« ΠροηγούμενηΣυνέχεια »
To have one moment of thy dawn,
Henry David Thoreau [1817-1862]
SONG OF NATURE
MINE are the night and morning,
I hide in the solar glory,
I am dumb in the pealing song,
I rest on the pitch of the torrent,
In slumber I am strong.
No numbers have counted my tallies,
I sit by the shining Fount of Life
And ever by delicate powers
Gathering along the centuries
From race on race the rarest flowers,
And many a thousand summers
I wrote the past in characters
Of rock and fire the scroll,
The building in the coral sea,
The planting of the coal.
And thefts from satellites and rings
And broken stars I drew,
And out of spent and agèd things
I formed the world anew;
Song of Nature
What time the gods kept carnival,
Time and Thought were my surveyors,
They boiled the sea, and piled the layers
But he, the man-child glorious,—
The rainbow shines his harbinger,
The sunset gleams his smile.
My boreal lights leap upward,
Forthright my planets roll,
And still the man-child is not born,
The summit of the whole.
Must time and tide forever run?
Will never my winds go sleep in the west?
Will never my wheels which whirl the sun
Too much of donning and doffing,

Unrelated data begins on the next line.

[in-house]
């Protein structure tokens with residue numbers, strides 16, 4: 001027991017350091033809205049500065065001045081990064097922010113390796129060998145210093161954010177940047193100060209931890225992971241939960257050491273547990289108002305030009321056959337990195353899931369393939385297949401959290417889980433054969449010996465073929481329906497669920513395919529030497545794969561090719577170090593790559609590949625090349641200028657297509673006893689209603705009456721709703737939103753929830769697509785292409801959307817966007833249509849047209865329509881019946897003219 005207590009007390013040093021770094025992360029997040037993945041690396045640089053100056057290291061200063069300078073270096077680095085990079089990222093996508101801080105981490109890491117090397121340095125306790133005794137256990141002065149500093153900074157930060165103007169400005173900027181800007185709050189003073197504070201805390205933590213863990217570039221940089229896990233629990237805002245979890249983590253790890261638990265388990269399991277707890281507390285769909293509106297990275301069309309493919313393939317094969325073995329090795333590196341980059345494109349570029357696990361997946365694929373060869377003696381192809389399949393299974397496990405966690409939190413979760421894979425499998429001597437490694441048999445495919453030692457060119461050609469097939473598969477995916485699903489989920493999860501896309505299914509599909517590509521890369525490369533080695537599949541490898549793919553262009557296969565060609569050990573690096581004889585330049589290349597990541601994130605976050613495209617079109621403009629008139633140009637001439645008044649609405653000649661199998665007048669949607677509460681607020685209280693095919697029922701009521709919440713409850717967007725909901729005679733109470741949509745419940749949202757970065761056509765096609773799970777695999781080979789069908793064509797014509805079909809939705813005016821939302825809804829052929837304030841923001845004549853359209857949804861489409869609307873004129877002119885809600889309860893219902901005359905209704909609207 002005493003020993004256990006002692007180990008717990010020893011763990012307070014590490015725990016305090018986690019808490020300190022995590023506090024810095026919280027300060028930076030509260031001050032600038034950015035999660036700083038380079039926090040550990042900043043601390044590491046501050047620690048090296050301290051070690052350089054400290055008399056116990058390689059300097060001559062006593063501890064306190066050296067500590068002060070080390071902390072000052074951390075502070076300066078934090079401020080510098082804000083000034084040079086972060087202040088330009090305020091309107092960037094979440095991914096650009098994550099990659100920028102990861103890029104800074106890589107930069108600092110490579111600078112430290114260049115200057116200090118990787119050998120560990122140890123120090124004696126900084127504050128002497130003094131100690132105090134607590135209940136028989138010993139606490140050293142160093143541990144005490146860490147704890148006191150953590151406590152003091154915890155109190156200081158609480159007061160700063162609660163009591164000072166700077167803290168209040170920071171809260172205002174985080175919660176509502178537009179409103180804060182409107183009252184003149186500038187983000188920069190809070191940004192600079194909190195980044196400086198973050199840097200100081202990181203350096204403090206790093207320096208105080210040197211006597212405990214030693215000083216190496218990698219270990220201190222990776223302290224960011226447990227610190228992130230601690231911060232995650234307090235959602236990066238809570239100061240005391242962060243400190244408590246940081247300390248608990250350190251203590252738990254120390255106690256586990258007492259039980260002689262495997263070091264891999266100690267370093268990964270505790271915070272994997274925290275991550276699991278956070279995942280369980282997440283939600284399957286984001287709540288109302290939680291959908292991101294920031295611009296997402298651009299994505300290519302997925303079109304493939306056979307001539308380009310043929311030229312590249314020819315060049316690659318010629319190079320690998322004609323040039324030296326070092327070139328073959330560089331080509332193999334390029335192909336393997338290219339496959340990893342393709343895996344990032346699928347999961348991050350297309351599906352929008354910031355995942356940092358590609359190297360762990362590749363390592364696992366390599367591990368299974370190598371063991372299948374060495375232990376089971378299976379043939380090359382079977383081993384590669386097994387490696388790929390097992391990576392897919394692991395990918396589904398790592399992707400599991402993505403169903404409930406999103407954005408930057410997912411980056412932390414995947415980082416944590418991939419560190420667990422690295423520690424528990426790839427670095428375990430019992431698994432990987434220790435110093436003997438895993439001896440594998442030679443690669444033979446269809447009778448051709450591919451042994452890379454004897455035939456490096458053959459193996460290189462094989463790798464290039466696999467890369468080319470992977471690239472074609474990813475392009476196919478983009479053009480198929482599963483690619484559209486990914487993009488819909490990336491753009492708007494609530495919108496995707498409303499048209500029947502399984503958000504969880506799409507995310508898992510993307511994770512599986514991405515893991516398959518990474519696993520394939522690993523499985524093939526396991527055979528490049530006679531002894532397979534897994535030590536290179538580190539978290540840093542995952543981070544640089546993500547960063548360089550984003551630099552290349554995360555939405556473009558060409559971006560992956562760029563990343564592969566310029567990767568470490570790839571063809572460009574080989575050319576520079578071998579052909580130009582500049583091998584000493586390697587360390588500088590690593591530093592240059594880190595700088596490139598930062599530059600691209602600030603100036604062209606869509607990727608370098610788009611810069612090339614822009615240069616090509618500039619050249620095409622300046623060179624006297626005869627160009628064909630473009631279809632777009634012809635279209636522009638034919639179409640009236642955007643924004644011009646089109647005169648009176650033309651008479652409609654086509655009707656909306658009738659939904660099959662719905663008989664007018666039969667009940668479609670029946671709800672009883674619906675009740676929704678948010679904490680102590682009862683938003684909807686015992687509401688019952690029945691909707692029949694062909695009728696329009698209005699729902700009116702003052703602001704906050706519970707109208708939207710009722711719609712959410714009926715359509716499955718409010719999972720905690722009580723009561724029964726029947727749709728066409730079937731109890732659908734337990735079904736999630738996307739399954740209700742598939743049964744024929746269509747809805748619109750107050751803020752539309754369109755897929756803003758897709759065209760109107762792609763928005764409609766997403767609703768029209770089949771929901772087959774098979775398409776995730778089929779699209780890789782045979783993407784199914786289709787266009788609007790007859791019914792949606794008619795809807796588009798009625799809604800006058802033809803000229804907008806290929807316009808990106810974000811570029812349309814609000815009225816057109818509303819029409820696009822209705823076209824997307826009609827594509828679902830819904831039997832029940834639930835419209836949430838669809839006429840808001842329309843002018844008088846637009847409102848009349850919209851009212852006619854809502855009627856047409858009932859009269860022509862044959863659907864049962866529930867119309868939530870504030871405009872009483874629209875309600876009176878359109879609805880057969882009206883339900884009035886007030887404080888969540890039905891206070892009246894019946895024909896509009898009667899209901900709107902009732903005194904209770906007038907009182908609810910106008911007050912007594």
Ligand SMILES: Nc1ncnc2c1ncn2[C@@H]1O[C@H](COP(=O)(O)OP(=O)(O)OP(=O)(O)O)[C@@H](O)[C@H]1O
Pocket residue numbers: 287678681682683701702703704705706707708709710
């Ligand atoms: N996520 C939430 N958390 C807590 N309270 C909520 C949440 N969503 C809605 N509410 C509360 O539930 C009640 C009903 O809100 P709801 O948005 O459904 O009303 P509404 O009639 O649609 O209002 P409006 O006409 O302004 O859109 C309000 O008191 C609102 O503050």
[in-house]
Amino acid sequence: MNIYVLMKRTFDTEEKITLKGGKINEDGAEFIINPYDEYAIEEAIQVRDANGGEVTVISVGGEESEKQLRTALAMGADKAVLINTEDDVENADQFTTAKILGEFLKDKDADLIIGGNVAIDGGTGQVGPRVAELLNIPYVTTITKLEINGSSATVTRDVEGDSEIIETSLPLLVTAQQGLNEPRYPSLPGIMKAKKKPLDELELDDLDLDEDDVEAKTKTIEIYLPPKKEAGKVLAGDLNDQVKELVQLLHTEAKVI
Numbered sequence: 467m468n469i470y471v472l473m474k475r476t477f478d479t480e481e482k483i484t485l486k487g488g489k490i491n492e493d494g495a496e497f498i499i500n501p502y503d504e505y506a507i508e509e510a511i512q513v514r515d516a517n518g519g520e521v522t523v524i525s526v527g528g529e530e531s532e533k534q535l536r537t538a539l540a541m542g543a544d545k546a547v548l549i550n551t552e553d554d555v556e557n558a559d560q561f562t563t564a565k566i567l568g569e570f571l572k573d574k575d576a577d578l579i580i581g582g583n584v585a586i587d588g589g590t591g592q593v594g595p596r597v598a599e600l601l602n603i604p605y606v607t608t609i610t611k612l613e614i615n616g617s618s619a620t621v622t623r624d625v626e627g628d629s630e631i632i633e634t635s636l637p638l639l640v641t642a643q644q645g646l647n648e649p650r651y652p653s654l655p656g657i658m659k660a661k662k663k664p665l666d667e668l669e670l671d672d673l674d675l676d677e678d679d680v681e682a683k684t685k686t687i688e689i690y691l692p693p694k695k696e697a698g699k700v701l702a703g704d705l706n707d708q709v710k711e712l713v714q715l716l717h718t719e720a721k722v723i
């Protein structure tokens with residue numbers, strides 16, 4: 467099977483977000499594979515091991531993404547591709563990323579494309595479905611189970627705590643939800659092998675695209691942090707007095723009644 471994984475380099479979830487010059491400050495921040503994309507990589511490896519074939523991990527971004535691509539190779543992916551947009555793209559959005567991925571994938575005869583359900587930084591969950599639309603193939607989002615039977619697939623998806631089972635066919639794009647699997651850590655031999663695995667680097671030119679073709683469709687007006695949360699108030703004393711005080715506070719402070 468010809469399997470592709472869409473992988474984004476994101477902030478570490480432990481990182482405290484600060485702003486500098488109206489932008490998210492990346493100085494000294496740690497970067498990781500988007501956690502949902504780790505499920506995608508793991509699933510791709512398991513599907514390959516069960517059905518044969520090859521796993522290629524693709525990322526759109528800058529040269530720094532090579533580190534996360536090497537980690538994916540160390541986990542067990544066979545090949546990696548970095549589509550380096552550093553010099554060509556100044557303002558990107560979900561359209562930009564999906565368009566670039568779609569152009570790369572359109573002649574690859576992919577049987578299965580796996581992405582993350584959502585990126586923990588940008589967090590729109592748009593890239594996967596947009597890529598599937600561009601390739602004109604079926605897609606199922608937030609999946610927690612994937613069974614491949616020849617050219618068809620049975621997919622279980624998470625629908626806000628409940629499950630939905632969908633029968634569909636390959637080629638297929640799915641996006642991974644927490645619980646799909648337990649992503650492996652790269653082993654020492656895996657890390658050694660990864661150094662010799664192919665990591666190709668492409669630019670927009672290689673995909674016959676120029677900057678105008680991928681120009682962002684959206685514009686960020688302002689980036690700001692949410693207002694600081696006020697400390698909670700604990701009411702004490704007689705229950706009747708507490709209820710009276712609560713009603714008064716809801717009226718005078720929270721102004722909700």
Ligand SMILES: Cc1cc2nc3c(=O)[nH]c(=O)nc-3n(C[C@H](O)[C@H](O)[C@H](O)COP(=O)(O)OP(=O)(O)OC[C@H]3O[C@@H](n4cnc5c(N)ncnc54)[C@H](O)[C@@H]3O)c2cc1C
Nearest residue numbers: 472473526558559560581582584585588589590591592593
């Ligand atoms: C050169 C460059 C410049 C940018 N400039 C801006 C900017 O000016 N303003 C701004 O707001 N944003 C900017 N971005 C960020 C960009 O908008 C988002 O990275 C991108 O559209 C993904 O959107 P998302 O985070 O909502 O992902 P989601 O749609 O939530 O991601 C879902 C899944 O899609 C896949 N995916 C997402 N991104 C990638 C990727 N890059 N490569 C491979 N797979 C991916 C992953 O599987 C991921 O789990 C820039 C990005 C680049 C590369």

I weary of my robe of snow,
I tire of globes and races,
What without him is summer's pomp,
Or winter's frozen shade?
I travail in pain for him,
My creatures travail and wait;
He comes not to the gate.
Twice I have moulded an image,
One in a Judæan manger,
One over against the mouths of Nile,
I moulded kings and saviors,
But fell the starry influence short,
Yet whirl the glowing wheels once more,
Seethe, Fate! the ancient elements,
Heat, cold, wet, dry, and peace, and pain.
Let war and trade and creeds and song
The sunburnt world a man shall breed
No ray is dimmed, no atom worn,
My oldest force is good as new,
And the fresh rose on yonder thorn
Gives back the bending heavens in dew.
Ralph Waldo Emerson [1803-1882]
"GREAT NATURE IS AN ARMY GAY"
GREAT nature is an army gay,
To Mother Nature
It swarms within my garden gate;
And now the banners all are bright,
Still through the night and through the livelong day The infinite army marches on its remorseless way.
Richard Watson Gilder [1844-1909]
TO MOTHER NATURE
NATURE, in thy largess, grant
Taste who will life's roadside cheer
Yea, and drain the blood which runs
Let me follow up the track
Of Love's deathless Zodiac
Where Joy climbs among the spheres
All the schools have taught me, yet
In a golden, far-off Spring,-
And the impossible be done
When the Wish and Deed grow one!
Frederic Lawrence Knowles [1869-1905]
THE PIPE OF PAN
HERE in this wild, primeval dell
Nor din of those who buy and sell,
Has broken Nature's perfect spell,
May not one hear, who listens well,
So virgin and unworldly seem
All things in this deep glade
Thick-curtained from the noonday beam,